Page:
After a difficult 2020, is there still life in the Aviva share price? There seems to be, with the stock rising steadily since taking a huge hit in March 2020. Aviva’s share price had hit highs of 423p in January last year, but as the Covid-19 pandemic took hold, that figure was halved. It’s been a steady road to recovery since, despite a few bumps, and shares are now trading at just below 370p.
Could this improvement continue as Aviva releases its full-year results on Thursday?
Aviva share price boosted by divestments
When the company reported back in August, new CEO Amanda Blanc indicated that the main focus of the business going forward would be on the company’s core markets of the UK, Ireland and Canada.
This has led Aviva to make a number of sales of overseas businesses. Aviva has sold its Singapore business for £1.6bn to Singlife and a consortium of other buyers, divested its Italian business Aviva Vita in November for €400m, and removed its Hong Kong and Vietnam businesses in December. More may yet be to come as Blanc continues to focus operations in key markets.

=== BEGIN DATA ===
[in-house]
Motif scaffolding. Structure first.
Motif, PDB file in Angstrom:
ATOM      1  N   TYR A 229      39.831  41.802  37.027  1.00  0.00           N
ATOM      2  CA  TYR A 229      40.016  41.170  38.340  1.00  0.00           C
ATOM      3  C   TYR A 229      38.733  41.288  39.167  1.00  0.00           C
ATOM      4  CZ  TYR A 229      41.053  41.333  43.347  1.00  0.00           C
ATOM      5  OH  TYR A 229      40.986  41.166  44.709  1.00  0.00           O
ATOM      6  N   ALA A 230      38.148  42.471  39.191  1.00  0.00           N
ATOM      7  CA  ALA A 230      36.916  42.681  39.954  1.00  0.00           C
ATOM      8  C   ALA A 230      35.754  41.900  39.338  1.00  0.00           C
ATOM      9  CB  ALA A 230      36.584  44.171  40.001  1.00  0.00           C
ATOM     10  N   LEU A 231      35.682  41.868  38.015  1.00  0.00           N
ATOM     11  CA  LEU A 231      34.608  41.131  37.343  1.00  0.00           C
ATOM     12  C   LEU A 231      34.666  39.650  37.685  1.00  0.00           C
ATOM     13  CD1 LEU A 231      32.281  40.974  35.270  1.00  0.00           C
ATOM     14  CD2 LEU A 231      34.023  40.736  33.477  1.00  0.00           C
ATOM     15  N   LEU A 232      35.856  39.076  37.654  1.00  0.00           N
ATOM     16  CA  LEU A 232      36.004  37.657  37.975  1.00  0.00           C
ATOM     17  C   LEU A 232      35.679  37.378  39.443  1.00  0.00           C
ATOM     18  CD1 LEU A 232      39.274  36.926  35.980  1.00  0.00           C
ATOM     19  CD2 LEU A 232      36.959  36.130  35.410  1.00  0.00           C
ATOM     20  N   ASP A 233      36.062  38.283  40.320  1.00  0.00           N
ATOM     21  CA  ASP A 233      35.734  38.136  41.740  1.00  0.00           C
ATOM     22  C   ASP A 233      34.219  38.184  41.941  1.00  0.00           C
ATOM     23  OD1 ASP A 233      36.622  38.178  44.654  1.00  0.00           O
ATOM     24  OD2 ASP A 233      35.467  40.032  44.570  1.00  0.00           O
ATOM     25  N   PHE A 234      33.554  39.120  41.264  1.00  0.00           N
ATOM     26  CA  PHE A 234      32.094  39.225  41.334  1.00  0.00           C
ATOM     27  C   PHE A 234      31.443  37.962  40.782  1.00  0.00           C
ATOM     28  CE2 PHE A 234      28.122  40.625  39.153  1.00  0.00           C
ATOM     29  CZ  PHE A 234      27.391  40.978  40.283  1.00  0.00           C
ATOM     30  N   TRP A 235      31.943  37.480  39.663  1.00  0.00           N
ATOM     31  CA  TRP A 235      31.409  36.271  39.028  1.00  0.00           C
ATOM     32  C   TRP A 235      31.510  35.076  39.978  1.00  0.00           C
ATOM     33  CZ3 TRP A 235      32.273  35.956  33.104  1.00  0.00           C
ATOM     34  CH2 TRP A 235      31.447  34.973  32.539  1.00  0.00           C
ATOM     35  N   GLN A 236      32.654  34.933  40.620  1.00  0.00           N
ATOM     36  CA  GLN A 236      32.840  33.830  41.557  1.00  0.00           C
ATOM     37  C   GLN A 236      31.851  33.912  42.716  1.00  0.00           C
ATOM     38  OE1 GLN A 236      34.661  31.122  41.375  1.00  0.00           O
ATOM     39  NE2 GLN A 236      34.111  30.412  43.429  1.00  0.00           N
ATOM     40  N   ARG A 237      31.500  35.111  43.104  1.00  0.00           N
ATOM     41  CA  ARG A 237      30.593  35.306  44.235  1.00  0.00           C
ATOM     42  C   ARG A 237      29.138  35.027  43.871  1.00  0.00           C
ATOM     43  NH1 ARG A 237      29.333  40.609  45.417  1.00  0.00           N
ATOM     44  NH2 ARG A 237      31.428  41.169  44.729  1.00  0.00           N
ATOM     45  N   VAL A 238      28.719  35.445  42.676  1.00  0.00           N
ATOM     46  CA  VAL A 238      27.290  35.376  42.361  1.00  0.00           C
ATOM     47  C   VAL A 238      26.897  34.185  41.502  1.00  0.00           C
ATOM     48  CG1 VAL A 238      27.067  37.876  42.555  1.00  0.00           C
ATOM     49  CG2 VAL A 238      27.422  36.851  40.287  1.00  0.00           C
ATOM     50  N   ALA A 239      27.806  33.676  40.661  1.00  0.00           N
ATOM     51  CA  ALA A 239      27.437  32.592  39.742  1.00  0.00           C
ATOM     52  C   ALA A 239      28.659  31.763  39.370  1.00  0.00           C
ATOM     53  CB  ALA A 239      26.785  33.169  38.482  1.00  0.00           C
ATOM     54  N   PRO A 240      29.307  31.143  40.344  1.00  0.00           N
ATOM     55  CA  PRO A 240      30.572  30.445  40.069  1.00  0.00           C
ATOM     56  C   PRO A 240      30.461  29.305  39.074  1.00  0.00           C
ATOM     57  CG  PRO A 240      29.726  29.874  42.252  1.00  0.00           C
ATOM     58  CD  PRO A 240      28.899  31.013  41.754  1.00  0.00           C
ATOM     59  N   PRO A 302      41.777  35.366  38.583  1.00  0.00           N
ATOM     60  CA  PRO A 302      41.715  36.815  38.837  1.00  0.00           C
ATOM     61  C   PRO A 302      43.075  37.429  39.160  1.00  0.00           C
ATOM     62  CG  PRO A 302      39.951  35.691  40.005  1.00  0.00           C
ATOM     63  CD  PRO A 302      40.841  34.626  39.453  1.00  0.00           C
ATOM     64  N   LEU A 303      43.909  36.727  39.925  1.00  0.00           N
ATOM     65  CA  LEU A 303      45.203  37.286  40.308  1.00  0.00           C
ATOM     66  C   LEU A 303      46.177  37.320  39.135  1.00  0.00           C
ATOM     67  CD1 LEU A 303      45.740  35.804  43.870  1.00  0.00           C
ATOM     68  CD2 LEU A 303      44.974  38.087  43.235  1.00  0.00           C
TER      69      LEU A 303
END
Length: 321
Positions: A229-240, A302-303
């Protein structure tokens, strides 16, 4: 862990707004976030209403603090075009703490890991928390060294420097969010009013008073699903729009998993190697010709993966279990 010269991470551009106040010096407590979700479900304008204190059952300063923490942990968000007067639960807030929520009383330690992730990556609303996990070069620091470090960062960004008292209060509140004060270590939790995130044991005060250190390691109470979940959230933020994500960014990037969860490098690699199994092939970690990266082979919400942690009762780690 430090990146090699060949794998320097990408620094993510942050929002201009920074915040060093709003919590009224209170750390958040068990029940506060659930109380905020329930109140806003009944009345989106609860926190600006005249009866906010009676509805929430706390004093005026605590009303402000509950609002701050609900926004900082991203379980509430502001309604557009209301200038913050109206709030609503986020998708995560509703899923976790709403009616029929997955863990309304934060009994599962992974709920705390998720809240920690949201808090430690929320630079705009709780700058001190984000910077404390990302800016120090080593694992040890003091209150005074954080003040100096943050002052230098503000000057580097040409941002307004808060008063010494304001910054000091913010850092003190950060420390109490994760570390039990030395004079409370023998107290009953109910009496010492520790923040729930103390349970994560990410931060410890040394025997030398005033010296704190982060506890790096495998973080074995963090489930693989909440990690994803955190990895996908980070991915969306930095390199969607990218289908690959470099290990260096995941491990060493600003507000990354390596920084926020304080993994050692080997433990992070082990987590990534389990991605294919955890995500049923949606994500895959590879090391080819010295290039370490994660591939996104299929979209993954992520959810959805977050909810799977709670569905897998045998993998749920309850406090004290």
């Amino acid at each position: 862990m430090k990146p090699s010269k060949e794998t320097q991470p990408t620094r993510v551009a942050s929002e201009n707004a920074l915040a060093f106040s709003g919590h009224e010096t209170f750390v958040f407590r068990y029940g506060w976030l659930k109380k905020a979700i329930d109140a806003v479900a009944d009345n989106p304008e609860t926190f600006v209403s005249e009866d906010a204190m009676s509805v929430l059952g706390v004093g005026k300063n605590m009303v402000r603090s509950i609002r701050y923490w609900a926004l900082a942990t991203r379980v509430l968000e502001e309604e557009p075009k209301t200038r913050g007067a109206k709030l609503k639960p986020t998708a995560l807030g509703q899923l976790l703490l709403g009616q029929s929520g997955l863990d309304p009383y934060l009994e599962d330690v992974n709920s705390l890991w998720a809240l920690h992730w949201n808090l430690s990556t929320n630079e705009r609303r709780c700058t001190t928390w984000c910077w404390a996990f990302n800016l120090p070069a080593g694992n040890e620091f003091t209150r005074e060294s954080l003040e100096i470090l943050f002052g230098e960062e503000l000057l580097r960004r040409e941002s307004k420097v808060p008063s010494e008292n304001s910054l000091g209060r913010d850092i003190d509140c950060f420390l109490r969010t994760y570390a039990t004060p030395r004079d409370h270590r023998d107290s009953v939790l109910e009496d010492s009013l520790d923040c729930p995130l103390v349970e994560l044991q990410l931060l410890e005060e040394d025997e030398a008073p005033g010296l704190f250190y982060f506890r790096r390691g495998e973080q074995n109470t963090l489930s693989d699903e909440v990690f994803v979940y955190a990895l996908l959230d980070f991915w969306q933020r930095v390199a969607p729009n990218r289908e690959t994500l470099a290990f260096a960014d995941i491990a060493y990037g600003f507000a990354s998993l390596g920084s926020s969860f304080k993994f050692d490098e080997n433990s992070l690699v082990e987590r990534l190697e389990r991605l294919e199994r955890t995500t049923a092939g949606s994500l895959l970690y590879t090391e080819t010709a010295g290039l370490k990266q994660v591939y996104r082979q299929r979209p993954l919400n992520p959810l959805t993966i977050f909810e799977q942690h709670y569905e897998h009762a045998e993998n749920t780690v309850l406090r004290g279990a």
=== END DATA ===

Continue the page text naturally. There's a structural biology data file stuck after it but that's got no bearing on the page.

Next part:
Aviva has long been a multi-faceted and complex operation, and the move to finally streamline the business, and maintain the rise in the Aviva share price, seems to be working so far. In November there were early signs that the strategy was paying off with £1.2bn of net inflows from the UK and North America.
There was a similar improvement in other areas of the business with UK and Ireland Life new business sales up 40%, while claims fell to £100m.
Investors focus on the Aviva dividend
This week’s main focus is likely to be on the final dividend. Aviva had cancelled the dividend this time last year as regulators called for "restraint", a move that prompted the Aviva share price to fall 8.1%.
However, this year the payouts look set to return. A 7p interim dividend was announced in November, with expectations now closer to 14p a share.
Could green focus sway investors?
Since taking over, Blanc has taken a harder line on sustainability, and Aviva’s investment arm has threatened to sell it’s shares in 30 top gas, oil, mining and utilities companies unless they sign up to a transition plan in the next two years.
Blanc has been outspoken on the issue, and Aviva has also pledged not to sell insurance to companies at which pollutants count for over 5% of revenue, while setting the ambitious target of becoming a carbon-neutral business by 2040.
Blanc described the pledge as “the most demanding target set by any major insurer in the world” and “the biggest challenge we’ve ever faced as a business.”
As sustainability and climate change become more and more of a key issue, will these green pledges boost the Aviva share price?
Aviva will announce its full-year results on 4 March at 7am.
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